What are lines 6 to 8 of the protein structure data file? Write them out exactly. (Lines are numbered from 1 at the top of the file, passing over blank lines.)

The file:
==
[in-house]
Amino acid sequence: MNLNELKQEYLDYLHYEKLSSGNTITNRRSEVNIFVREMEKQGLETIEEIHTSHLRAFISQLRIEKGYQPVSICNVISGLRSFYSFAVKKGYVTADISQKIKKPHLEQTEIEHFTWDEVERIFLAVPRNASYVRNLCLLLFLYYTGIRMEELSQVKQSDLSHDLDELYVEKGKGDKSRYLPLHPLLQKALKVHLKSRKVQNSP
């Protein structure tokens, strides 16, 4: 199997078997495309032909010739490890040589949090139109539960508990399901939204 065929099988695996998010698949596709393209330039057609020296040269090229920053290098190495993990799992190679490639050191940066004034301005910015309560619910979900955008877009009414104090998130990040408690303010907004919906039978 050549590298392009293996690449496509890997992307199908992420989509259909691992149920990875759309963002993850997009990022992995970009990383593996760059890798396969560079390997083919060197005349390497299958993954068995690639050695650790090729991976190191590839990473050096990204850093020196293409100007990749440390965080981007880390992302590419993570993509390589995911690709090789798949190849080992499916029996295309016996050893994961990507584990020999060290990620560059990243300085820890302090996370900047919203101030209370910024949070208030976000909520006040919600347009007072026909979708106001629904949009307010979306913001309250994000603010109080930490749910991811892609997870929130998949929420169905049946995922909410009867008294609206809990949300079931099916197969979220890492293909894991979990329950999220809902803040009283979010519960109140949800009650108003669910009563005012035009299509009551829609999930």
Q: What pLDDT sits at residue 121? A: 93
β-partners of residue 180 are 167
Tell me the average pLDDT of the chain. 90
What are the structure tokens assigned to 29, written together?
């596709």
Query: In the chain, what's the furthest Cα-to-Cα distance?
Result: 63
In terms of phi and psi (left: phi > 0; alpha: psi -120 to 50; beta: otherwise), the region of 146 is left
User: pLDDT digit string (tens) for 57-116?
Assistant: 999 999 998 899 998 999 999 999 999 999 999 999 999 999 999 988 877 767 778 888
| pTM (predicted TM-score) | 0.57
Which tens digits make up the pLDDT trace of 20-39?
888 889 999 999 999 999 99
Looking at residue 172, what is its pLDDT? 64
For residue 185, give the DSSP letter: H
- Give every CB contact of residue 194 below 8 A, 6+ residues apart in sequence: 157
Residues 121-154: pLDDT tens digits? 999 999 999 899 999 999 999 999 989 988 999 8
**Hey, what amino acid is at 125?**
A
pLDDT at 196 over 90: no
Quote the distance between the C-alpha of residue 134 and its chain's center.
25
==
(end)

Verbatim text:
Tell me the average pLDDT of the chain. 90
What are the structure tokens assigned to 29, written together?
């596709």